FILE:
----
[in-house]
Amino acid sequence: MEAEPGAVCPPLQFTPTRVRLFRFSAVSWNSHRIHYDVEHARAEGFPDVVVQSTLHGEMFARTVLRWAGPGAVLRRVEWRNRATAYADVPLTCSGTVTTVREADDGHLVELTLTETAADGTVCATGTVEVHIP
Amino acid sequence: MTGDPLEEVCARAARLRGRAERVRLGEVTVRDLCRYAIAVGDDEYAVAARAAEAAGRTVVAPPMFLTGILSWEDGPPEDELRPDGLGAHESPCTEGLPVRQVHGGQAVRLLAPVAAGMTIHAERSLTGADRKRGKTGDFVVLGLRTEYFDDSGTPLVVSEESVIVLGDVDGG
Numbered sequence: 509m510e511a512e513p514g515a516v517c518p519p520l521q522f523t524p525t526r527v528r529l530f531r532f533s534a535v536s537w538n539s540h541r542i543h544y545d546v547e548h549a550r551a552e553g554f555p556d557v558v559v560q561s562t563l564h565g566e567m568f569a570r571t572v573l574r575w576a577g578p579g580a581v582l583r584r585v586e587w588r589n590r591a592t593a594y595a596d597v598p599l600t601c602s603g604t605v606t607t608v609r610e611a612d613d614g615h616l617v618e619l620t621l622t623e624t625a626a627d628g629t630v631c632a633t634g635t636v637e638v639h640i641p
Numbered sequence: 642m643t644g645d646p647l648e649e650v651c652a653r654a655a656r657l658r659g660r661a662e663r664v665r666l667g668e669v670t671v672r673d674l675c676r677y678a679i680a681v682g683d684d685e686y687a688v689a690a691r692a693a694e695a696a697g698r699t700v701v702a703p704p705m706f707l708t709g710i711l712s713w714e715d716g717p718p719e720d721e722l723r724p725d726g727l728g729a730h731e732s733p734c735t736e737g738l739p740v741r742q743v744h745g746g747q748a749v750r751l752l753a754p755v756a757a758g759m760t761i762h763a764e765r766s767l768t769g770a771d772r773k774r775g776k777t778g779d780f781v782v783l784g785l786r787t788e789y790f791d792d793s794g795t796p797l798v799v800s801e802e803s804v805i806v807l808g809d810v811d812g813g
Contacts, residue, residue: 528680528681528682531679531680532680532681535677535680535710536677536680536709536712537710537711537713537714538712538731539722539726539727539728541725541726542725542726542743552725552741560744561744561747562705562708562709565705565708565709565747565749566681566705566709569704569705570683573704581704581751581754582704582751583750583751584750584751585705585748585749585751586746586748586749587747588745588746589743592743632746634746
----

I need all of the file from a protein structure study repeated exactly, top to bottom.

[in-house]
Amino acid sequence: MEAEPGAVCPPLQFTPTRVRLFRFSAVSWNSHRIHYDVEHARAEGFPDVVVQSTLHGEMFARTVLRWAGPGAVLRRVEWRNRATAYADVPLTCSGTVTTVREADDGHLVELTLTETAADGTVCATGTVEVHIP
Amino acid sequence: MTGDPLEEVCARAARLRGRAERVRLGEVTVRDLCRYAIAVGDDEYAVAARAAEAAGRTVVAPPMFLTGILSWEDGPPEDELRPDGLGAHESPCTEGLPVRQVHGGQAVRLLAPVAAGMTIHAERSLTGADRKRGKTGDFVVLGLRTEYFDDSGTPLVVSEESVIVLGDVDGG
Numbered sequence: 509m510e511a512e513p514g515a516v517c518p519p520l521q522f523t524p525t526r527v528r529l530f531r532f533s534a535v536s537w538n539s540h541r542i543h544y545d546v547e548h549a550r551a552e553g554f555p556d557v558v559v560q561s562t563l564h565g566e567m568f569a570r571t572v573l574r575w576a577g578p579g580a581v582l583r584r585v586e587w588r589n590r591a592t593a594y595a596d597v598p599l600t601c602s603g604t605v606t607t608v609r610e611a612d613d614g615h616l617v618e619l620t621l622t623e624t625a626a627d628g629t630v631c632a633t634g635t636v637e638v639h640i641p
Numbered sequence: 642m643t644g645d646p647l648e649e650v651c652a653r654a655a656r657l658r659g660r661a662e663r664v665r666l667g668e669v670t671v672r673d674l675c676r677y678a679i680a681v682g683d684d685e686y687a688v689a690a691r692a693a694e695a696a697g698r699t700v701v702a703p704p705m706f707l708t709g710i711l712s713w714e715d716g717p718p719e720d721e722l723r724p725d726g727l728g729a730h731e732s733p734c735t736e737g738l739p740v741r742q743v744h745g746g747q748a749v750r751l752l753a754p755v756a757a758g759m760t761i762h763a764e765r766s767l768t769g770a771d772r773k774r775g776k777t778g779d780f781v782v783l784g785l786r787t788e789y790f791d792d793s794g795t796p797l798v799v800s801e802e803s804v805i806v807l808g809d810v811d812g813g
Contacts, residue, residue: 528680528681528682531679531680532680532681535677535680535710536677536680536709536712537710537711537713537714538712538731539722539726539727539728541725541726542725542726542743552725552741560744561744561747562705562708562709565705565708565709565747565749566681566705566709569704569705570683573704581704581751581754582704582751583750583751584750584751585705585748585749585751586746586748586749587747588745588746589743592743632746634746